Cubs

Cubs keep wearing down opposing pitching in fifth straight win

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Cubs keep wearing down opposing pitching in fifth straight win

The Cubs' homegrown, American League-style lineup flexed its muscles once again.

The Cubs (63-48) ate away at the Milwaukee Brewers (48-66) pitching staff Tuesday, taking down their division rivals, 6-3, in front of 37,109 fans at Wrigley Field for the series opener. It was Chicago's fifth straight win and 11th in the last 12 games.

The Cubs lead Major League Baseball in pitches per plate appearance and continued their assault on opposing starting pitchers, chasing Brewers starter Taylor Jungmann after just 2.2 innings and forcing the rookie to throw 81 pitches.

It was the eighth straight game in which the opposing pitcher has failed to get through six innings against this Cubs lineup.

"I love the tenacity of the at-bat," Cubs manager Joe Maddon said. "That's what I've been talking about. It continues to get better.

"I was really pleased with our whole approach to the game after a day off. ... I like those little moments that are occurring right now where guys are showing up and they're ready to play."

[MORE: Moving to second base, Cubs won't force the issue with Castro]

The Cubs worked seven walks on the evening as they saw 186 pitches in their eight innings on offense.

"It's just a matter of us grinding at-bats and grinding through the season," Anthony Rizzo said. "Hitting is very contagious, so it's kinda just passing that back to the next guy.

"The beauty of our lineup is we have a pretty lengthy lineup there where any given guy can do it."

This game had all the makings of a blowout early, as the Cubs scored three times in the second inning, once in the fourth and two more times in the fifth, aided by three Brewers errors and seven free passes (six walks, one HBP).

But that was it for the Cubs offense while the Brewers chipped away with a solo run in the fourth and then an Adam Lind two-run homer in the sixth off Cubs starter Dan Haren.

Haren was pulled two batters later, but still got the win - his first as a Cub and 150th of his career - as the Cubs bullpen shut the door the rest of the way.

"I put pretty much all personal things aside," Haren said. "I got a few weeks left here and I really do wanna do the best I can for the team. I've been so impressed in the first 10 days or so with the overall vibe in the clubhouse."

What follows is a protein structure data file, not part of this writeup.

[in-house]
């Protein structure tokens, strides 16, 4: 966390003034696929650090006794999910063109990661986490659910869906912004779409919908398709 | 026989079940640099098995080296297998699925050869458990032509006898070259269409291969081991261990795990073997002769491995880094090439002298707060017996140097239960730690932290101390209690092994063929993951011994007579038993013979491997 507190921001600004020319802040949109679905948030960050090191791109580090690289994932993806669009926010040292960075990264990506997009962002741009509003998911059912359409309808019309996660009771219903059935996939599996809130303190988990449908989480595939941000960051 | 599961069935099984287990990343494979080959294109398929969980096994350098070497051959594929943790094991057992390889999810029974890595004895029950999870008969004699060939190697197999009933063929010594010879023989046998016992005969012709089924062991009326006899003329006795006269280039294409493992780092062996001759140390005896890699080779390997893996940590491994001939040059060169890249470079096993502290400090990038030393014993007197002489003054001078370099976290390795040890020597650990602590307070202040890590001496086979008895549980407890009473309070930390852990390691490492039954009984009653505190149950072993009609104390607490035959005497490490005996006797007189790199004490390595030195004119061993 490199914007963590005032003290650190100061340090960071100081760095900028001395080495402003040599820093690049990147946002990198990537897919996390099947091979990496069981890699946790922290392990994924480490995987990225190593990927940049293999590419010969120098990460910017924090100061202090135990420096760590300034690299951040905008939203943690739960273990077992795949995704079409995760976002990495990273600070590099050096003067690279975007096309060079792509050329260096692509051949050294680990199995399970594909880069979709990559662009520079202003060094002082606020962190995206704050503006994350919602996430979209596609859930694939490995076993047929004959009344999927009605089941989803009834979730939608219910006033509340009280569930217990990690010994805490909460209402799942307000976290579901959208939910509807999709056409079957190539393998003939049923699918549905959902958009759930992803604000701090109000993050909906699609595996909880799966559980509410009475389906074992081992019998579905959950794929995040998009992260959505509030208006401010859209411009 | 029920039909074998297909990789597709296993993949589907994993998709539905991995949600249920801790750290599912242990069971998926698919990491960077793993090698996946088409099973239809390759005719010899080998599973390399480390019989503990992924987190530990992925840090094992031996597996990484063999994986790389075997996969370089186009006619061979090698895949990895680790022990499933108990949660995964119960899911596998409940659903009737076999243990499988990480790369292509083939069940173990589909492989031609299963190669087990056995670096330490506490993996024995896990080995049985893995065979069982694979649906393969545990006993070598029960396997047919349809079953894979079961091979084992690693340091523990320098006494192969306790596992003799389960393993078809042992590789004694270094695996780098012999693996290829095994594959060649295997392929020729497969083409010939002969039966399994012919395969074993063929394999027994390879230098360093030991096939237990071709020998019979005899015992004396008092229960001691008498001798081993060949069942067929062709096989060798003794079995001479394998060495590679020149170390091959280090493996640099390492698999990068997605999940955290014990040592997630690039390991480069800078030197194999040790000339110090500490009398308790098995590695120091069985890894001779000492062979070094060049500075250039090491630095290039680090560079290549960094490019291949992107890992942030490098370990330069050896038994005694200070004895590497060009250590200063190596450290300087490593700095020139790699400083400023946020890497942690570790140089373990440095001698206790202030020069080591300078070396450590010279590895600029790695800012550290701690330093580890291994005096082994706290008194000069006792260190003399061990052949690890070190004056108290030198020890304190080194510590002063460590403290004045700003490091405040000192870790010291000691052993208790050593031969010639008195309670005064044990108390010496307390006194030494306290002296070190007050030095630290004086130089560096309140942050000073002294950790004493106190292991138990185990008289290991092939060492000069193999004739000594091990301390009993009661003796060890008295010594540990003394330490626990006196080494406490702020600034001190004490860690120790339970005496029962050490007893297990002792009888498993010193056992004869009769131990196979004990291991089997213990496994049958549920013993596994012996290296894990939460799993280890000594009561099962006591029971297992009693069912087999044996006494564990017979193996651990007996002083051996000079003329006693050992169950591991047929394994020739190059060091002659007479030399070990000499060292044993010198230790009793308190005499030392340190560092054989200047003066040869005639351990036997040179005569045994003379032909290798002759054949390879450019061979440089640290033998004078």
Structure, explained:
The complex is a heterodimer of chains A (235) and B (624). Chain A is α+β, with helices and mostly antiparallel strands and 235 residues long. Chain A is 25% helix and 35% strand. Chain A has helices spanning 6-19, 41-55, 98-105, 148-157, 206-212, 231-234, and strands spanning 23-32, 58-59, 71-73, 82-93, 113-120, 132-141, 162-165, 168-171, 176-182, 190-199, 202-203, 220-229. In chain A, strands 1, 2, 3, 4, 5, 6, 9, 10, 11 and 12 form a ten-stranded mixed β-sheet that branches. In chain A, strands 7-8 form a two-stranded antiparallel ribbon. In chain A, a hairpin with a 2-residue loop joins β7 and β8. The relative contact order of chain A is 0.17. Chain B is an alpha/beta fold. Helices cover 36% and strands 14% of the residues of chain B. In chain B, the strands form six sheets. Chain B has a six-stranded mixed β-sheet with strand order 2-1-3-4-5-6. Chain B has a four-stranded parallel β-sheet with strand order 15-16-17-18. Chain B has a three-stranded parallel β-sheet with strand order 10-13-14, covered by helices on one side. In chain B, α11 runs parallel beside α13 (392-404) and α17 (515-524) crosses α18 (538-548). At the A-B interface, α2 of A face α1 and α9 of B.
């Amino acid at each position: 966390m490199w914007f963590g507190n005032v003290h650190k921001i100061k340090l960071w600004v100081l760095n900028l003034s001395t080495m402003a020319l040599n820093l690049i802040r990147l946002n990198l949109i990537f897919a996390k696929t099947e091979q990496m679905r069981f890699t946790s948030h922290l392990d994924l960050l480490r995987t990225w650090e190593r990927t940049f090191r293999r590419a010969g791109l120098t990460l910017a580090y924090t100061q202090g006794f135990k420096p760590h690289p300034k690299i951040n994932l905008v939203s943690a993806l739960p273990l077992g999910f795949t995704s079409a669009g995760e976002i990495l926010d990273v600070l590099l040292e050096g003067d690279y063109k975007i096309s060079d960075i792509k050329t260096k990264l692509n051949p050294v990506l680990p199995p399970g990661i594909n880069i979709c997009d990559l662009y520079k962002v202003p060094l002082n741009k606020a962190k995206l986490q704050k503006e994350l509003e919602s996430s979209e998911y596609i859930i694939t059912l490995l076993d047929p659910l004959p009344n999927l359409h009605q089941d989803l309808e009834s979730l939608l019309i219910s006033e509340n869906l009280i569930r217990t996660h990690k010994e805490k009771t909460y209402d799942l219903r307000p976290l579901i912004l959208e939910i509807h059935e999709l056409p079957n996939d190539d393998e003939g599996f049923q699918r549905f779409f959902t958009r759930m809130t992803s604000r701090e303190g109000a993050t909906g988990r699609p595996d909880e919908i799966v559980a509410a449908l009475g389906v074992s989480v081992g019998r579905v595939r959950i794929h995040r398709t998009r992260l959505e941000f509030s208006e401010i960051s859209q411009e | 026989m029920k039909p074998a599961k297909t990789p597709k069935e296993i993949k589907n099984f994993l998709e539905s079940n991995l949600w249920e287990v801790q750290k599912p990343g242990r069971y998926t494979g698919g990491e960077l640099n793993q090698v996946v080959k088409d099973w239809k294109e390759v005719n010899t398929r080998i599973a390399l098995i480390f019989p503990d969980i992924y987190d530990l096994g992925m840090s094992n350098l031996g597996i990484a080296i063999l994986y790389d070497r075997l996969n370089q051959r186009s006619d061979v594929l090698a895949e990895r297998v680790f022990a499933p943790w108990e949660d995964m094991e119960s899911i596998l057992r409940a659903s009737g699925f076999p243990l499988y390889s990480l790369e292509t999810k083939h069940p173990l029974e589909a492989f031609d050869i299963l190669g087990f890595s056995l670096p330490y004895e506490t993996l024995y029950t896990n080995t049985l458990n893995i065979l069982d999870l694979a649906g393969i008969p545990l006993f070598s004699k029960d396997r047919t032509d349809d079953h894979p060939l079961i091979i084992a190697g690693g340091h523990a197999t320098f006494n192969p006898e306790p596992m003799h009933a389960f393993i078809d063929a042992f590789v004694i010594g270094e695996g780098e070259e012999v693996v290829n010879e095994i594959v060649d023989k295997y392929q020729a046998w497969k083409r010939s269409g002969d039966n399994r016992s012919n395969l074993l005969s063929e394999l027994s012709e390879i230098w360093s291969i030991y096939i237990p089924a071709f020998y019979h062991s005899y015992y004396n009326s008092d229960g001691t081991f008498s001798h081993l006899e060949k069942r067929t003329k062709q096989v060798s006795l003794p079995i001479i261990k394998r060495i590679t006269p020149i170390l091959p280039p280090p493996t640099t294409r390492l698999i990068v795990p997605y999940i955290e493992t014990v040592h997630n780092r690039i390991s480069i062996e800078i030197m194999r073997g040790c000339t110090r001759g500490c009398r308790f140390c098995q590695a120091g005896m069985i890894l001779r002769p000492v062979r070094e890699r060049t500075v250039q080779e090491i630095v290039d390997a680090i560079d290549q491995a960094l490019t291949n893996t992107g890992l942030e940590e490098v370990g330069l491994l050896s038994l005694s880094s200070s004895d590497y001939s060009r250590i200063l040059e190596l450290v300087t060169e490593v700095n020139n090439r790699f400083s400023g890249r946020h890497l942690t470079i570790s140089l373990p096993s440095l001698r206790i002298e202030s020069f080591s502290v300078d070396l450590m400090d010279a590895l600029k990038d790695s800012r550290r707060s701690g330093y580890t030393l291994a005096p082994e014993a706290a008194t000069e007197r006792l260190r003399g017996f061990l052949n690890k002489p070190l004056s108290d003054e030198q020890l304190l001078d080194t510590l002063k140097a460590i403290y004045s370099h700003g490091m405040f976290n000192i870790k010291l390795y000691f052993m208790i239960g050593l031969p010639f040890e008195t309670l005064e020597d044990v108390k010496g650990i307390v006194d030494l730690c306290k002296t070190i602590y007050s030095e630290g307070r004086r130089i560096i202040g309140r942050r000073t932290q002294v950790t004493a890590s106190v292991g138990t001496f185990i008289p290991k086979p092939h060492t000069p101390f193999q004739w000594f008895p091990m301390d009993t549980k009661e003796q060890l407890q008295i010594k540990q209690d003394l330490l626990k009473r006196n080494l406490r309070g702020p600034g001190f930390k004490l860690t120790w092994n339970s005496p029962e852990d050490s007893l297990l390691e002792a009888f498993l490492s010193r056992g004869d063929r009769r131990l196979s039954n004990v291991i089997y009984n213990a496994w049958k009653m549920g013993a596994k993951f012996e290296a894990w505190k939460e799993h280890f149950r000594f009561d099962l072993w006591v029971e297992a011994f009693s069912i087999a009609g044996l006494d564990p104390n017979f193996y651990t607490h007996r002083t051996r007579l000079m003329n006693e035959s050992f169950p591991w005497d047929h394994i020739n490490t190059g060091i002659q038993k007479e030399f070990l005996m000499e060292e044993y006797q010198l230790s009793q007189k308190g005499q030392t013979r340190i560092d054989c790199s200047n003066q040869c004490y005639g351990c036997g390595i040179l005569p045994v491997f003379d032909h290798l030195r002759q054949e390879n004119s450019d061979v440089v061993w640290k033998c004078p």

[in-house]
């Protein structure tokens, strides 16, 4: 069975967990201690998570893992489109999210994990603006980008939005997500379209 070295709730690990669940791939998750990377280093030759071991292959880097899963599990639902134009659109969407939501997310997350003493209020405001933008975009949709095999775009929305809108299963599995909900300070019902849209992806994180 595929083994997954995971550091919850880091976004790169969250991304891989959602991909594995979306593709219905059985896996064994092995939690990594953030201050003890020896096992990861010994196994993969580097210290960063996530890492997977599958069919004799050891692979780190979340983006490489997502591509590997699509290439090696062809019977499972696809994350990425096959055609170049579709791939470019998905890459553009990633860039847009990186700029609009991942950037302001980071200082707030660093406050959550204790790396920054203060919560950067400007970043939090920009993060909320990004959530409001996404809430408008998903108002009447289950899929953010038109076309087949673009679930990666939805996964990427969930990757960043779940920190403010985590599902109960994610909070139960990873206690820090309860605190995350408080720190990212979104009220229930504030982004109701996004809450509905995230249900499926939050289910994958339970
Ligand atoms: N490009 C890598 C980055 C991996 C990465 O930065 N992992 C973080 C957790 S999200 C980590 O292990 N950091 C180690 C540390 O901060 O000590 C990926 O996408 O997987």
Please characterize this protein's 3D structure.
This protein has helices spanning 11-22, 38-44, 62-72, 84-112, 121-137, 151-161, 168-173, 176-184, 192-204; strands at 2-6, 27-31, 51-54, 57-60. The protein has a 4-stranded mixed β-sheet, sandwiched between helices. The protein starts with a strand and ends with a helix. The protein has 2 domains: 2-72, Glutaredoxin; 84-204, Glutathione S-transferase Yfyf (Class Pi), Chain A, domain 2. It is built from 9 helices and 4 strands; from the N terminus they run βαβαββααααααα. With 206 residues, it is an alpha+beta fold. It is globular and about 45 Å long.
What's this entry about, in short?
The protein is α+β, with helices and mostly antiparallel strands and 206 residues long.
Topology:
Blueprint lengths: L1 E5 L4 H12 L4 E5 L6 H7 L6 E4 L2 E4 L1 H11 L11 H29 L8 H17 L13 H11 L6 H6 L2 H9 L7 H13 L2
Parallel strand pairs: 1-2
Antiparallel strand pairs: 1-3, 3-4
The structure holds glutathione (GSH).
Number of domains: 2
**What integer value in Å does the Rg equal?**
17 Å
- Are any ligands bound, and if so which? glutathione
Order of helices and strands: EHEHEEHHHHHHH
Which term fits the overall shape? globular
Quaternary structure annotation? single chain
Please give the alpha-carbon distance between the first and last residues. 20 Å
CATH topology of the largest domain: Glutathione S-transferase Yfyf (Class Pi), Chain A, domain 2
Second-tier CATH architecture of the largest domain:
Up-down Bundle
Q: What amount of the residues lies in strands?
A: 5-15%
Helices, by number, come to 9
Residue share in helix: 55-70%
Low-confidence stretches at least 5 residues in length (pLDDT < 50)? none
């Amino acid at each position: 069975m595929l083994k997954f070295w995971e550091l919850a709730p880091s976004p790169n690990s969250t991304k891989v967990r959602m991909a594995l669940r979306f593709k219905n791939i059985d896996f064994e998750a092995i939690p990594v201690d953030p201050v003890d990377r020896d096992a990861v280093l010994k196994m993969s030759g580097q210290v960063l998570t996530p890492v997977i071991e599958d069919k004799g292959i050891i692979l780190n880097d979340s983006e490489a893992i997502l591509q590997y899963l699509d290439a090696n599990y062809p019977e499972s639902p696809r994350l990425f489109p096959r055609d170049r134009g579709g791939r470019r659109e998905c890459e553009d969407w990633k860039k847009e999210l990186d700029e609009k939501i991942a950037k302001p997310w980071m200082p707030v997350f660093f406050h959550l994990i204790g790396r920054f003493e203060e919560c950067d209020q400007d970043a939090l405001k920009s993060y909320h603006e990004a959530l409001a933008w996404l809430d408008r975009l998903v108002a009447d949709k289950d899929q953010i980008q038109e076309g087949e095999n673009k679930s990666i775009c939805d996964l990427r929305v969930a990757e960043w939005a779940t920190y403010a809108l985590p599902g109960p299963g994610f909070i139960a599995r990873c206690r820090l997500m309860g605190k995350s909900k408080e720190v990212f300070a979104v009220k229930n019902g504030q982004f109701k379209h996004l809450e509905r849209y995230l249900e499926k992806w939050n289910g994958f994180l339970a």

Haren also said he's been shocked by how much the Cubs offense has grown since pitched against them - and beat them - June 3 in Miami.

In that game, Haren threw only 88 pitches in 5.2 innings against a Cubs lineup that had no Jorge Soler (disabled list) or Kyle Schwarber (still in the minors).

"I see a complete difference," Haren said. "Facing them this year, they were a really aggressive team."

[NBC SHOP: Gear up, Cubs fans]

Starlin Castro finally got into a game for the Cubs after being benched for the last three contests, appearing at second base for the first time in his big-league career and popping out to first in his only at-bat in the eighth inning. He also made a highlight-reel catch in foul territory down the right field line in the ninth inning.

"I thought [that play] was great," Maddon said. "His attitude has been fabulous. To make that among the bullpen with the crap on the ground and guys flying all over the place and there's no room left and it's at night, it's different.

"That was a spectacular play right there."

Castro's play helped seal the victory for the Cubs, who moved to 15 games over .500, something of a benchmark for any team, let alone a young team featuring four rookies in the everyday lineup.

The Cubs allowed themselves to enjoy the nice checkpoint, but also warned that it's too early to scoreboard-watch.

"Keep it rolling," Maddon said. "The next goal is 20. Really proud of our guys and the way they're going about our business."

"It means a lot," Rizzo said, "but we gotta keep winning. All these wins build up, build our confidence, build the character of this team, helps all of us out."

When Kyle Schwarber met new Cubs hitting coach Chili Davis: 'I don't suck'

When Kyle Schwarber met new Cubs hitting coach Chili Davis: 'I don't suck'

MESA, Ariz. — The first thing Kyle Schwarber told his new hitting coach?

"His first statement to me is, 'I don't suck.'"

The Cubs hired Chili Davis as the team's new hitting coach for myriad reasons. He's got a great track record from years working with the Boston Red Sox and Oakland Athletics, and that .274/.360/.451 slash line during an illustrious 19-year big league career certainly helps.